May 24, 1626: Peter Minuit purchases what is today called Manhattan from natives for goods valued at 60 guilders. The deed to this purchase has been lost to history. Minuit was the third director of the Dutch West India Company and arrived in the colony he was to govern on May 4, 1626. The purchase itself was discovered in 1846 when a Dutch-American persuaded President Martin Van Buren to send a representative to the Netherlands and documents were discovered, copied, and translated into English. Only partial documentation of the Staten Island purchase, which Minuit was also involved in, had survived.

Legend states that the goods were beads, but according to logs kept by the company, there were probably many other types of goods included in the trade. In the purchase of Staten Island, goods traded included cloth, kettles, axe heads, other tools, and “diverse other wares.”

The value of guilders at the time of the trade in comparison to other currencies is questionable. The value of US $24 was arrived at during the 19th century. With the inaccuracy of the conversion methods from the 1800s acknowledged, that $24 adjusted for inflation is about $500-$700 today. The Manahata Indians, who actually owned the place, were not involved in this bargain trade. Minuit is believed to have dealt with the Canarsee Indians, who lived on Long Island.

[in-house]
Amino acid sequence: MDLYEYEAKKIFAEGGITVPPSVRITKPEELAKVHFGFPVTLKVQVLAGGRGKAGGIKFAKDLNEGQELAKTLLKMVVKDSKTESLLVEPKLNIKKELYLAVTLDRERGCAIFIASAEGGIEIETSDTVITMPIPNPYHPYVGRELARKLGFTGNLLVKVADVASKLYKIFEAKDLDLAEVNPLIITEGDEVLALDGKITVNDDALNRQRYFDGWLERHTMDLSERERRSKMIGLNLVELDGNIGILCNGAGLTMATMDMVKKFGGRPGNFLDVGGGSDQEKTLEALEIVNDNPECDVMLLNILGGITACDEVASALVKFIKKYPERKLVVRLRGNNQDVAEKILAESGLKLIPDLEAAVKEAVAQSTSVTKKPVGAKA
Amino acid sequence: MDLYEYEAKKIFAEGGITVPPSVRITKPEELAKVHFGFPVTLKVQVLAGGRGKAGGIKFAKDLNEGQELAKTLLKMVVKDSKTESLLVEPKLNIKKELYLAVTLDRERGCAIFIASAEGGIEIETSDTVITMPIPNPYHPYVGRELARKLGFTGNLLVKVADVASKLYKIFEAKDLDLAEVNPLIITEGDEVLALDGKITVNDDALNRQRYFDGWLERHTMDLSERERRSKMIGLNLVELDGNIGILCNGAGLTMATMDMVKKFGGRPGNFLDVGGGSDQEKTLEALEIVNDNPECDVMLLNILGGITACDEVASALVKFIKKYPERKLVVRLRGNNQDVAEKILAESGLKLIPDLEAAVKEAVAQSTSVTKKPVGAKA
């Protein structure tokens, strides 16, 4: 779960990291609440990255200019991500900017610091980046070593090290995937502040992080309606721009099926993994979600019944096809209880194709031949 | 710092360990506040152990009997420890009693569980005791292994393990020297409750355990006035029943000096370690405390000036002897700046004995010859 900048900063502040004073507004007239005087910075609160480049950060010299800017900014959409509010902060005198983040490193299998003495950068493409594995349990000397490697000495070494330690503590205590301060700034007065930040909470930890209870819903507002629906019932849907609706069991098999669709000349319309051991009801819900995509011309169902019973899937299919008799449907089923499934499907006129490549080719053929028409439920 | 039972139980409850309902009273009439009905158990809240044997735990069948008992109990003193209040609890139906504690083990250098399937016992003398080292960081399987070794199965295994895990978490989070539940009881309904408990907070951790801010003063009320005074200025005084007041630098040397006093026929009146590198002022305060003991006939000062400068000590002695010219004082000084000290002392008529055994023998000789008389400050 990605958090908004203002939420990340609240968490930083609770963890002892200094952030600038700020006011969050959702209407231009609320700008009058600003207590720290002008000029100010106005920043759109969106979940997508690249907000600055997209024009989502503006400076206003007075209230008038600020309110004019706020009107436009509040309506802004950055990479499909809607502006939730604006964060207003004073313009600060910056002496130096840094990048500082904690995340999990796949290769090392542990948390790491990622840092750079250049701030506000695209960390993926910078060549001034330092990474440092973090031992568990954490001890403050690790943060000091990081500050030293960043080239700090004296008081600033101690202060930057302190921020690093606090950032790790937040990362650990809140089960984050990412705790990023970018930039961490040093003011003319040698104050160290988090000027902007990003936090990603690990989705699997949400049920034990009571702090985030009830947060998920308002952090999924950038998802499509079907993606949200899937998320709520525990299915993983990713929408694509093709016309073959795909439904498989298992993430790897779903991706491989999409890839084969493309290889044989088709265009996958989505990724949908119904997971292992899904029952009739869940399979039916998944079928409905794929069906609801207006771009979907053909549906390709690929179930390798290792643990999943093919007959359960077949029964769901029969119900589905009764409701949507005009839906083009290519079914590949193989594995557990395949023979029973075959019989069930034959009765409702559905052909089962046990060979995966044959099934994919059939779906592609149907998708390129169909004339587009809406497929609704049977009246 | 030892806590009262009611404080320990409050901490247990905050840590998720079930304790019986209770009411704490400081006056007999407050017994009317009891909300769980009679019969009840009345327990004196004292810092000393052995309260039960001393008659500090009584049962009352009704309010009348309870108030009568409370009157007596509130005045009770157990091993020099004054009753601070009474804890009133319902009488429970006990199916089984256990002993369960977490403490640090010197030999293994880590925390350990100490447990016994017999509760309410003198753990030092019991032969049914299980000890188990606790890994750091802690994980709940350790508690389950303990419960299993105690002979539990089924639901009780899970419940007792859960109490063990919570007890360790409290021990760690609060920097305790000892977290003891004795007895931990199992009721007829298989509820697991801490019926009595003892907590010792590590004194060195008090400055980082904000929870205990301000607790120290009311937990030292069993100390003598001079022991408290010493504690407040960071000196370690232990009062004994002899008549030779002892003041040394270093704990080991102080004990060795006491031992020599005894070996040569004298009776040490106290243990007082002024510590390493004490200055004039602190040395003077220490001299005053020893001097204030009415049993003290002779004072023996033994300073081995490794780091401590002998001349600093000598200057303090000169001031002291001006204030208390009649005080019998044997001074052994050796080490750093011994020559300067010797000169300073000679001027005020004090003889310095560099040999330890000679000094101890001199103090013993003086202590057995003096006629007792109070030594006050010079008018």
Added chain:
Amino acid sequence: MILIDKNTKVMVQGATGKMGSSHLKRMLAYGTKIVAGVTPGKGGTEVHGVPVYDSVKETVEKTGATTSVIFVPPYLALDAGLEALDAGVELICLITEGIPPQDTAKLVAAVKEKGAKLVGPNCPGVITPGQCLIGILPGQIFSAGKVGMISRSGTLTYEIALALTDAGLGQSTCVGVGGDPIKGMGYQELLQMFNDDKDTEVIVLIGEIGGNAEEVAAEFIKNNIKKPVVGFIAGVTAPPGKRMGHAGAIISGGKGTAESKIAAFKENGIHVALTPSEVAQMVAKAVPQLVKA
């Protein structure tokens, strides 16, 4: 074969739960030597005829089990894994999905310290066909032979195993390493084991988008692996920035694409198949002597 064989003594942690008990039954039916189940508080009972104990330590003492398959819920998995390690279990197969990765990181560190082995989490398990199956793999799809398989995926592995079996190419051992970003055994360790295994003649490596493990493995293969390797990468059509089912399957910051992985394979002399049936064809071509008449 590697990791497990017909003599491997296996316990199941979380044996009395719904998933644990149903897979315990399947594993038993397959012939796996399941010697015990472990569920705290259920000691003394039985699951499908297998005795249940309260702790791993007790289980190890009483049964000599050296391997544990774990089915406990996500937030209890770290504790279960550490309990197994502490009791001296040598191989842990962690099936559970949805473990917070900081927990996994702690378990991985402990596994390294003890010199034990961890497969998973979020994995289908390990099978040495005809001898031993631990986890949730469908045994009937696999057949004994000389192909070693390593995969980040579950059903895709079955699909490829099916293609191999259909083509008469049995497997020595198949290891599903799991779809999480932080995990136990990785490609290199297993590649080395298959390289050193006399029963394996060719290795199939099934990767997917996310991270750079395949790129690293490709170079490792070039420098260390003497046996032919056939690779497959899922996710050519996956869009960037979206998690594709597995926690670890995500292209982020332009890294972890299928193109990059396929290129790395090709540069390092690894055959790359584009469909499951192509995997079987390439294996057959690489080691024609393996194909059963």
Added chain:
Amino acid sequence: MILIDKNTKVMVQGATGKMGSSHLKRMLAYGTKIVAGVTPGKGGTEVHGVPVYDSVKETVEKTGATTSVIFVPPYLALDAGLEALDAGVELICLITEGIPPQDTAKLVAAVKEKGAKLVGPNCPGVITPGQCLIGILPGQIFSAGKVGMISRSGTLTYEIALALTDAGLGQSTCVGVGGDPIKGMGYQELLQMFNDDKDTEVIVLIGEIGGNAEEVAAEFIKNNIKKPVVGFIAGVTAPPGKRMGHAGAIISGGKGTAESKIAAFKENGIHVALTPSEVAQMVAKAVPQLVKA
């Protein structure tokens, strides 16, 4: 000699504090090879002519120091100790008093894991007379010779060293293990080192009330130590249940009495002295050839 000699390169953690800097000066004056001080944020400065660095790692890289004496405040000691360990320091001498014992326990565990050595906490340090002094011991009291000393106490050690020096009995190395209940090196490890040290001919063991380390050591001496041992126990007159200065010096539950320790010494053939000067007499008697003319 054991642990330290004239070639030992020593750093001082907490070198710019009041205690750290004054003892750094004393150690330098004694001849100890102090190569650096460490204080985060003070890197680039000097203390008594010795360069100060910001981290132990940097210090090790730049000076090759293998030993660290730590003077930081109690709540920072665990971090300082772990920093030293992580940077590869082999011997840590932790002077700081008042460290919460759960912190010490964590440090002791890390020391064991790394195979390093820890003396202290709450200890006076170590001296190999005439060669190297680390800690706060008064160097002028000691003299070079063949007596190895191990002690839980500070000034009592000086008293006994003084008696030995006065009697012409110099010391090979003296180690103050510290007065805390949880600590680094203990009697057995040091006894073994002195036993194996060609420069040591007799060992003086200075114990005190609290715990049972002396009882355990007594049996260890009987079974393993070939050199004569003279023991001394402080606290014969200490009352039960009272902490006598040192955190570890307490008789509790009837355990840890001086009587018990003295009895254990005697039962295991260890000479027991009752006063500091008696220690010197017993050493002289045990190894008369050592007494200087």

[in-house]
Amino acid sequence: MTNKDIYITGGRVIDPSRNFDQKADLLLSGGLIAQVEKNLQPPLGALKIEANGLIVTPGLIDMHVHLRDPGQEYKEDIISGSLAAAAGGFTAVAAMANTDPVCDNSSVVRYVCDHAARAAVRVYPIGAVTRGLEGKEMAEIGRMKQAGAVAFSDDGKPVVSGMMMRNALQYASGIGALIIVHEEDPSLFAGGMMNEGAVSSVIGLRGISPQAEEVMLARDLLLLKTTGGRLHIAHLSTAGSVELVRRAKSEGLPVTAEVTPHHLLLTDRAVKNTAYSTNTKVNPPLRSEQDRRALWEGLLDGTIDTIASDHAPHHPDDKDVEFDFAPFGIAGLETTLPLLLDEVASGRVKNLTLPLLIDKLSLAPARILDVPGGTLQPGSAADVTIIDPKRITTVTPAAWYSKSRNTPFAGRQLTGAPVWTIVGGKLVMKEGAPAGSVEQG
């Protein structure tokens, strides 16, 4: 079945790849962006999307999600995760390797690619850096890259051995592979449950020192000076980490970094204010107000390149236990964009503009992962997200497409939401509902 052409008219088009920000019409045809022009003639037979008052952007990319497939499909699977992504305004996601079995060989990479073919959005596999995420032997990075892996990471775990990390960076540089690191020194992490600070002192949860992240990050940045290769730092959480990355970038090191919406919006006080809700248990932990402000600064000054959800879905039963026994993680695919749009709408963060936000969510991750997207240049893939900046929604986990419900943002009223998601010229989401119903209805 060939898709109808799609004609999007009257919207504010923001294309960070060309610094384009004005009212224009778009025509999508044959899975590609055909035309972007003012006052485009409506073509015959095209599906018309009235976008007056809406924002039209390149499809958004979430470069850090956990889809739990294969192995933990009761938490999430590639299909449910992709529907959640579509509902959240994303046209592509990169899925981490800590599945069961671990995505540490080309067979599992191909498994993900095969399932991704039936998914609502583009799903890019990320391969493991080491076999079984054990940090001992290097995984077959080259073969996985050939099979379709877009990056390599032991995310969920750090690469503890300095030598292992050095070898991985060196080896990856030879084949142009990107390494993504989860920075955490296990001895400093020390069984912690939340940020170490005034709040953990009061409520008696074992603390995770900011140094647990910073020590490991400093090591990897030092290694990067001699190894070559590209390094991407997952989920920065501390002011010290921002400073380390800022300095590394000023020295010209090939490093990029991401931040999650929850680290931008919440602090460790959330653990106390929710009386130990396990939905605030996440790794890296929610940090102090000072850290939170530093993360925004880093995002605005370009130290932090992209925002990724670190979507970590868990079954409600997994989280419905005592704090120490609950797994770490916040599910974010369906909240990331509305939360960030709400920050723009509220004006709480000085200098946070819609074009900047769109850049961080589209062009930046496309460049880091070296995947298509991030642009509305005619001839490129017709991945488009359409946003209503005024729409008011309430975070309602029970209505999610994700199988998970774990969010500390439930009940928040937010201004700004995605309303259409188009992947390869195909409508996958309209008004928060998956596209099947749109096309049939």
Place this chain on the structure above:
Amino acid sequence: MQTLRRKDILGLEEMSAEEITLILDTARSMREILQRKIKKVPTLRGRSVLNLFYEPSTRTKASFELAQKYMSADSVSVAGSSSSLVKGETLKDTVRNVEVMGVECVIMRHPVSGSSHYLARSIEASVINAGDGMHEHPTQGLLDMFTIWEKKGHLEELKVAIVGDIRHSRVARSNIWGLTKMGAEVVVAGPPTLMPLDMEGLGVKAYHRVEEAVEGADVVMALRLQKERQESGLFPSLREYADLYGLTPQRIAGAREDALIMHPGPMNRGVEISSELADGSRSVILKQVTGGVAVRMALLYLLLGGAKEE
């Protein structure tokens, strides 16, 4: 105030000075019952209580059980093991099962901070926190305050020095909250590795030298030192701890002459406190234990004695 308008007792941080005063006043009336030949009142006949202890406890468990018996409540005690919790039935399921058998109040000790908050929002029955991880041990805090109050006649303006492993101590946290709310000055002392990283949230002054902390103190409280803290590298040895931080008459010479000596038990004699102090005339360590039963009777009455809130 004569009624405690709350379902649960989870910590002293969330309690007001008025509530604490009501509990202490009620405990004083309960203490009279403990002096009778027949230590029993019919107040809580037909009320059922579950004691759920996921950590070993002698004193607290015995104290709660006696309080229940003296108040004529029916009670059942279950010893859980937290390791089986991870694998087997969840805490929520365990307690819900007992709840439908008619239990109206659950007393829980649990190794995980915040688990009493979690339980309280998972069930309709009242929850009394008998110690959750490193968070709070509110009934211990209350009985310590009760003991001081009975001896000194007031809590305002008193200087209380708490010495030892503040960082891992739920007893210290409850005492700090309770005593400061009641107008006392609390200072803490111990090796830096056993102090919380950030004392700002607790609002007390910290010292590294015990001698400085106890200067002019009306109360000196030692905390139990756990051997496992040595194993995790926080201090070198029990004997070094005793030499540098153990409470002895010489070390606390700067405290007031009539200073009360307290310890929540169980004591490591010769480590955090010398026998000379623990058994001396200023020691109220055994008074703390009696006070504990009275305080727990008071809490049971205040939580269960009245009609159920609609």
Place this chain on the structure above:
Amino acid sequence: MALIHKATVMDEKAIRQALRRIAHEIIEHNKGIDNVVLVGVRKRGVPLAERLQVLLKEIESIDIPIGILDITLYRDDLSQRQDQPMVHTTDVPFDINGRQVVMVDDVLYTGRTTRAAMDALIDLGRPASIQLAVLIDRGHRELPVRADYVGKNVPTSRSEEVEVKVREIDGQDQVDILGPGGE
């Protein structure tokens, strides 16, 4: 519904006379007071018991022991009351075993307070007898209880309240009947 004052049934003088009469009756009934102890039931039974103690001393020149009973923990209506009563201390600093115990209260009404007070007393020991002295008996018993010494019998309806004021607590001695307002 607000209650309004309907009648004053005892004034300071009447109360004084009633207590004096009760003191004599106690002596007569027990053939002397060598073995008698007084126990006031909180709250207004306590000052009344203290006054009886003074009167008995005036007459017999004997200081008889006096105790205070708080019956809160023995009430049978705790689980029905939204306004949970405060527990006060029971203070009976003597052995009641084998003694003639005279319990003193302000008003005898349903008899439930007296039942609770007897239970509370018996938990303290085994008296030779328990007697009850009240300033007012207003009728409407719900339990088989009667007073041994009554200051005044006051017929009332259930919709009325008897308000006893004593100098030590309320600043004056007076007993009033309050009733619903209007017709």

Manhattan is one of the five boroughs of New York City. New York County has the same boundaries as the borough and is the most densely populated county is the US. As of 2008, there were 1,634,795 people living on the 22.96 square miles or 71,201 people per square mile. Not only are there many people living there, they have the one of the wealthiest counties in the US as well with a per capita income of over $100,000. It is the smallest of the five boroughs but holds the middle position for population rank. It is also a major commercial, financial, and cultural center with many media outlets claiming a Manhattan address. There are tourist attractions, museums, and universities within its boundaries. Manhattan is also home to the headquarters of the United Nations and the New York Stock Exchange and NASDAQ.

“In cases of major discrepancy it’s always reality that’s got it wrong….reality is frequently inaccurate.” – Douglas Adams

“Buy land, they’re not making it anymore.” – Mark Twain

“Being on sea sail, being on land settle.” – George Herbert

“Manhattan is a narrow island off the coast of New Jersey devoted to the pursuit of lunch.” – Raymond Sokolov

Also on this day:
In 1958, the
UPI was formed.
In 2001,  the Versailles wedding hall collapsed, killing 23 and injuring hundreds.

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Patience and Fortitude

Posted in History by patriciahysell on May 23, 2010

The facade of the New York Public Library

May 23, 1911: The main Research Library of the New York City Library system, built on Fifth Avenue is dedicated in a ceremony presided over by President Taft. Samuel J. Tilden made a $2.4 million bequest to establish a public library in New York City. Prior to this, there were two reference libraries for the public, one established by John Jacob Astor and a second by James Lenox. Lenox Library was at the site of the current NYC main library.